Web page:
4. The Paycheck Protection Program (PPP) has been funded with an additional $310B in the latest Congressional act passed on April 24, 2020, $60B of which is designated for smaller banks and credit unions. Those loan terms include two-year loans at 1% interest, deferral of payments for six months, interest accrued from the date the loan is received and no prepayment penalty. Also, the PPP loan may be forgivable if spent on qualifying expenditures (payroll, rent or mortgage interest and utilities). The exact forgiveness calculation for the PPP loan is pending additional guidance from Treasury.
Paycheck Protection Program (PPP) loans are available to owners but only under specific circumstances:
a. Owners are generally required to have employees who receive W-2 wages to take advantage of the PPP.
b. Owners in Partnerships with both employees who receive W-2 wages and self-employment income of partners should include both the W-2 wages and the partners’ self-employment income when calculating the partnership’s PPP loan. The partnership only should file the application.
c. Self-employed sole proprietorships and pass-through single-member entities (e.g. LLCs) may qualify for a PPP loan if they have 2019 Schedule C or Schedule F net profit (2019 Net Profit). If 2019 Net Profit is less than zero, then that entity is not eligible for a PPP loan. PPP loan forgiveness for sole proprietors is limited to 8/52nds of 2019 Net Profit.
d. Employers who have received a PPP loan, but whose loan is not yet forgiven, may defer deposit and payment of the employer’s share of Social Security taxes beginning on March 27, 2020 until the loan is forgiven. These taxes will continue to be deferred under the normal payment terms for the PPP program. Once the employer’s PPP loan is forgiven, this deferral is no longer available.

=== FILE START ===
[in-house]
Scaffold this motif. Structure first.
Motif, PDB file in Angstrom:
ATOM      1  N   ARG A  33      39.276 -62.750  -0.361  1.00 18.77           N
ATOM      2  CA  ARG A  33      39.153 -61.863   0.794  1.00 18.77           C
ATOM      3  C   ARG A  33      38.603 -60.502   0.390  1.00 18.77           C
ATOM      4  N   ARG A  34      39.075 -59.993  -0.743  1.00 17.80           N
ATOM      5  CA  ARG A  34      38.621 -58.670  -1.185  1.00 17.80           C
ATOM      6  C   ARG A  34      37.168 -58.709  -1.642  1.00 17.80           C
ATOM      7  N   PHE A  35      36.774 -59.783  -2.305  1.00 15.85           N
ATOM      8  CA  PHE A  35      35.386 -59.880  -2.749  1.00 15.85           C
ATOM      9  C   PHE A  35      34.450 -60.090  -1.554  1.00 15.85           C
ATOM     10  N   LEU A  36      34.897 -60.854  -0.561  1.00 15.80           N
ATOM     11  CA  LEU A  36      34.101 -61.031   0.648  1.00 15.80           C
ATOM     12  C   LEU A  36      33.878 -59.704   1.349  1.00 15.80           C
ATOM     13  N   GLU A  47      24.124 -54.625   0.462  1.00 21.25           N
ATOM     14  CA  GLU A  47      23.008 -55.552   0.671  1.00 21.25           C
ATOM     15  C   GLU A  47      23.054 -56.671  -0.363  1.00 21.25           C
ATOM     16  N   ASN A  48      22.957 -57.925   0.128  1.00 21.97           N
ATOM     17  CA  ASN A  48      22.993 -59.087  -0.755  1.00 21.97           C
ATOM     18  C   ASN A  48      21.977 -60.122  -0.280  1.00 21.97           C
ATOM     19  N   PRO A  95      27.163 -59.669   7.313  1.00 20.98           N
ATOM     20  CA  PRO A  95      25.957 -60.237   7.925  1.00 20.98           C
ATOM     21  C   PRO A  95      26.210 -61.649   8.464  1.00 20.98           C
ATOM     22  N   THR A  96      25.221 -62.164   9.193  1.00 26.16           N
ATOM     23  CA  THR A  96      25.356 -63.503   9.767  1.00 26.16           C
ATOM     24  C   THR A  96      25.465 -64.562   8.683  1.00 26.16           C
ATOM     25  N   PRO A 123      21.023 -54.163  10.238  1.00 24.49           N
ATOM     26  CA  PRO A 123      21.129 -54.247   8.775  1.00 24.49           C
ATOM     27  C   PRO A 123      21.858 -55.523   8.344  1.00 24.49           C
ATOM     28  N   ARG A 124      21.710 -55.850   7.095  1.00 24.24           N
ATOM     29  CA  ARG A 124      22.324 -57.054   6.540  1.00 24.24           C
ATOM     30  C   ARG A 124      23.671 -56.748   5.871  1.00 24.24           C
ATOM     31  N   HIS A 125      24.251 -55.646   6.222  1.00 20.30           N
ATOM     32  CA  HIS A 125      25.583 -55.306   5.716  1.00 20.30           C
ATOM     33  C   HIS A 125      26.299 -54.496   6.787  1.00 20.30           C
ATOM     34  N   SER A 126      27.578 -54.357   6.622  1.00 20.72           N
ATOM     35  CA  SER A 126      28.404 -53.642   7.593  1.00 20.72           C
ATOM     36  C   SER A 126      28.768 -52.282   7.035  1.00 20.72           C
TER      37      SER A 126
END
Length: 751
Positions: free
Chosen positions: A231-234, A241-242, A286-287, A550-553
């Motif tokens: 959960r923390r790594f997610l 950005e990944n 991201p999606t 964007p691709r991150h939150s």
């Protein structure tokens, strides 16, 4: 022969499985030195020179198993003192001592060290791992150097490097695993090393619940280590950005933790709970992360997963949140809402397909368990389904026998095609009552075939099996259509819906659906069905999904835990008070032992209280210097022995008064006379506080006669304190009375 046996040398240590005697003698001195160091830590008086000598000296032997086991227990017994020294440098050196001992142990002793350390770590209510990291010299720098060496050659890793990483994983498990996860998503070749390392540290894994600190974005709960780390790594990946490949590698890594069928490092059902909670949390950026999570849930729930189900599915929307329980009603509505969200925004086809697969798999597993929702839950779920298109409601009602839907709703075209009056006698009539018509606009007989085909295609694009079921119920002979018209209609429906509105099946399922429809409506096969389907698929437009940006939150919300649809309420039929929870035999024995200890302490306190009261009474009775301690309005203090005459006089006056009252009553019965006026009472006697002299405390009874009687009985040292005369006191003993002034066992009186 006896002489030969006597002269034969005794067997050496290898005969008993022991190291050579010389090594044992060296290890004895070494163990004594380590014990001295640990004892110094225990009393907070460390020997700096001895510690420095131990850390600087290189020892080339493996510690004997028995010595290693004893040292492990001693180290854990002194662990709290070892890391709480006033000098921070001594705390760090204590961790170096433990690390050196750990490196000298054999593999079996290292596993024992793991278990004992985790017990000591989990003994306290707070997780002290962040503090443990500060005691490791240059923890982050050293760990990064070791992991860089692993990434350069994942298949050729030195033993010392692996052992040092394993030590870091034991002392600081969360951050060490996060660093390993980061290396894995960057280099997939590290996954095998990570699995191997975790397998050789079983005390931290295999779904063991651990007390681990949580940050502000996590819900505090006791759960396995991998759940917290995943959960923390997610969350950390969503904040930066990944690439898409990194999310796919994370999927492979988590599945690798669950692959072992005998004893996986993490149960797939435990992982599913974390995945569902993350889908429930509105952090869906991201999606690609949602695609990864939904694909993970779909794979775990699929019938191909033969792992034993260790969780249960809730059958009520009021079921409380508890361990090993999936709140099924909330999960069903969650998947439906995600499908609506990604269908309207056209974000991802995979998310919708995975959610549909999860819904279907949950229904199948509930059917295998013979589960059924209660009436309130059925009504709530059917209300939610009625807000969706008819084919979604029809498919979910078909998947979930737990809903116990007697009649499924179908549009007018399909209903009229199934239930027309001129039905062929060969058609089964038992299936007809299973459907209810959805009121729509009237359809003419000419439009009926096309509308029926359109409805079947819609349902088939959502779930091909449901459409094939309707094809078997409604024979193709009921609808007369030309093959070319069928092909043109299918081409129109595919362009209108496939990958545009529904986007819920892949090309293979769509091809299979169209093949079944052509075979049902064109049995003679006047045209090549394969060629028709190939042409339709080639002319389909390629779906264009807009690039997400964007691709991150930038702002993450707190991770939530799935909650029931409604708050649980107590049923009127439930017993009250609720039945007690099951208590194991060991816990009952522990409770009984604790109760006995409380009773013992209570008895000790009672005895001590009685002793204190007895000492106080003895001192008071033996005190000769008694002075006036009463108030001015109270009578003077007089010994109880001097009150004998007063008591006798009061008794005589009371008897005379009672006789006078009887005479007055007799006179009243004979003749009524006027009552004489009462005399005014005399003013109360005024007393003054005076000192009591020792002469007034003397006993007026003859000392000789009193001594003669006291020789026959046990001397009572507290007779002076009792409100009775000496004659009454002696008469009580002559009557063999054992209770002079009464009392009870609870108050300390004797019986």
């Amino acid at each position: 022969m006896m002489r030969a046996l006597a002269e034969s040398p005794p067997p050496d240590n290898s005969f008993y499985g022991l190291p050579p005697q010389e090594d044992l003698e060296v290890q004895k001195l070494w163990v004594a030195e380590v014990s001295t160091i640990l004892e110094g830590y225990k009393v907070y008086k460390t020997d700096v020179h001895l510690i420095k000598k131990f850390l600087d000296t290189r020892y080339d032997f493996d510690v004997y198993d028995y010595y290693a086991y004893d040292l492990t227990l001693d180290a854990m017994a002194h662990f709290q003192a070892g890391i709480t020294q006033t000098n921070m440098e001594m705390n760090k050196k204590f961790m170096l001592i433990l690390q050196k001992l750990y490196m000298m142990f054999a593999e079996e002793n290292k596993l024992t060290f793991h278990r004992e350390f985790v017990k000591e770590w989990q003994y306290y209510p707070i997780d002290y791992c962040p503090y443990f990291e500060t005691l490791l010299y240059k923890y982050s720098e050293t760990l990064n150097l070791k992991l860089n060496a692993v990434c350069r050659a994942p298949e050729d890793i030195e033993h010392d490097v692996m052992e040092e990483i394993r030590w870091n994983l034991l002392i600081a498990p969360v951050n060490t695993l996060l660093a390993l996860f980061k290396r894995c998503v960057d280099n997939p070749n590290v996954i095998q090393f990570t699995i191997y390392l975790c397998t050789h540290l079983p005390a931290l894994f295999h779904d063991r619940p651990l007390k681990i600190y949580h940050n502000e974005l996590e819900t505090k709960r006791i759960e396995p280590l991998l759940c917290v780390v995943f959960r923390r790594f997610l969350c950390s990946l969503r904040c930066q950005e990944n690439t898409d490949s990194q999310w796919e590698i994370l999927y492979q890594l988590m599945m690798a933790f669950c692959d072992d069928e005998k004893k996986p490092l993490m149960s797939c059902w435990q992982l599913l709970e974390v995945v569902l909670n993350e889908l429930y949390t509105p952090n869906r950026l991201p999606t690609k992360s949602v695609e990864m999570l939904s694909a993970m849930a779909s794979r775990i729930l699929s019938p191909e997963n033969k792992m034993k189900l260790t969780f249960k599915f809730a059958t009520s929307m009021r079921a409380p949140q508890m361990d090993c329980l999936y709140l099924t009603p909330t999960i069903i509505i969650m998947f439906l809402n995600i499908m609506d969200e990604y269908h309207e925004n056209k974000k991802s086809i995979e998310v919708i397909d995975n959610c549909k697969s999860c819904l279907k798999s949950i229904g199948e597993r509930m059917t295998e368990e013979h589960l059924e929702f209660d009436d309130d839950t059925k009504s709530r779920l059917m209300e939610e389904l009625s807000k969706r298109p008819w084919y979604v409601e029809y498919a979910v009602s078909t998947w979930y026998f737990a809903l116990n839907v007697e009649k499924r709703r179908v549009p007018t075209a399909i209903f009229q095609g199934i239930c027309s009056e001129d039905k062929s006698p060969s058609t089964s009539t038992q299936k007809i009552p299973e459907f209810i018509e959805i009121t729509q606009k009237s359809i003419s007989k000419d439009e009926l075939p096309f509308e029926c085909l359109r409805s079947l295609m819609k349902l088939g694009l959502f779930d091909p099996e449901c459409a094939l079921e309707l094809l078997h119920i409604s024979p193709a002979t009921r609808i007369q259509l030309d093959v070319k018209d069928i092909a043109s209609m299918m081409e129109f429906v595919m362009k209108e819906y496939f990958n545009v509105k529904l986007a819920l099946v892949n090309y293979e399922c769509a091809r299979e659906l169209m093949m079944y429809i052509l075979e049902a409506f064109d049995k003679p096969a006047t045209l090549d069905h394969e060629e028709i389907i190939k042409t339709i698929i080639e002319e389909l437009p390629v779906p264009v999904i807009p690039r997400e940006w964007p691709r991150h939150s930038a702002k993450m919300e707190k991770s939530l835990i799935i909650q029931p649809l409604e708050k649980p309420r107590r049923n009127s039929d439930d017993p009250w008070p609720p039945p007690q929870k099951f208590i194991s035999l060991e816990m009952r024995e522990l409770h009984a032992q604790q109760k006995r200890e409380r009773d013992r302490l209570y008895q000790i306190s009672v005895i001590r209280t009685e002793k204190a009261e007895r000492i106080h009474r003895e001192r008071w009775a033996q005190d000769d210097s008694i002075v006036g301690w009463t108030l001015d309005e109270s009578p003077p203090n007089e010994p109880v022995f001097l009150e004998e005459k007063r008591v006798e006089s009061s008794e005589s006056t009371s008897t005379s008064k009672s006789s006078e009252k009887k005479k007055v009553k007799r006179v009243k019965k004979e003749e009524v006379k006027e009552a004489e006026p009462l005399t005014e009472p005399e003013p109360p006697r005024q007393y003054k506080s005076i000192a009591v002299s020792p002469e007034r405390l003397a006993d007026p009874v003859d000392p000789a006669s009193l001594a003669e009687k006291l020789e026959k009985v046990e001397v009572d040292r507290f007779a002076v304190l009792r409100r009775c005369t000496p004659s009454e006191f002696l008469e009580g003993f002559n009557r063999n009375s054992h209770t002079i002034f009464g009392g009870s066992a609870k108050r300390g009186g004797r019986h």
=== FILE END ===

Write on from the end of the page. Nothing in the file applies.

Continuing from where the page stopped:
5. Employee Retention Payroll Tax Credit. The CARES Act created payroll tax credits for employers who retain W-2 employees if the business is fully or partially suspended due to COVID-19 orders from a government agency or if there is a 50% decrease in gross receipts when compared to the prior calendar quarter. This is essentially a refundable payroll tax credit of up to 50 percent of the “qualified wages” paid by an employer to an employee from March 13 through December 31, 2020. Qualified wages include salaries and employer-provided health benefits and cannot exceed $10,000 per employee. This credit for an employee who earns at least $10,000 annually is capped at $5,000. This credit is only available to employers that do not receive a PPP loan and additional restrictions apply for those with more than 100 employees. An advance of this credit may be requested via the IRS Form 7200; otherwise, this may be claimed on the quarterly payroll tax return.
As a reminder, owners need to consult their tax and financial advisors for their specific situations.
The NTRA acknowledges the contributions of Jen Shah, CPA, and Director of Tax Services for the Lexington, KY accounting firm, Dean Dorton, and Lauren Bazel, Vice President and tax policy advisor for the Washington, DC lobbying firm, The Alpine Group, in the preparation of this tax advisory release.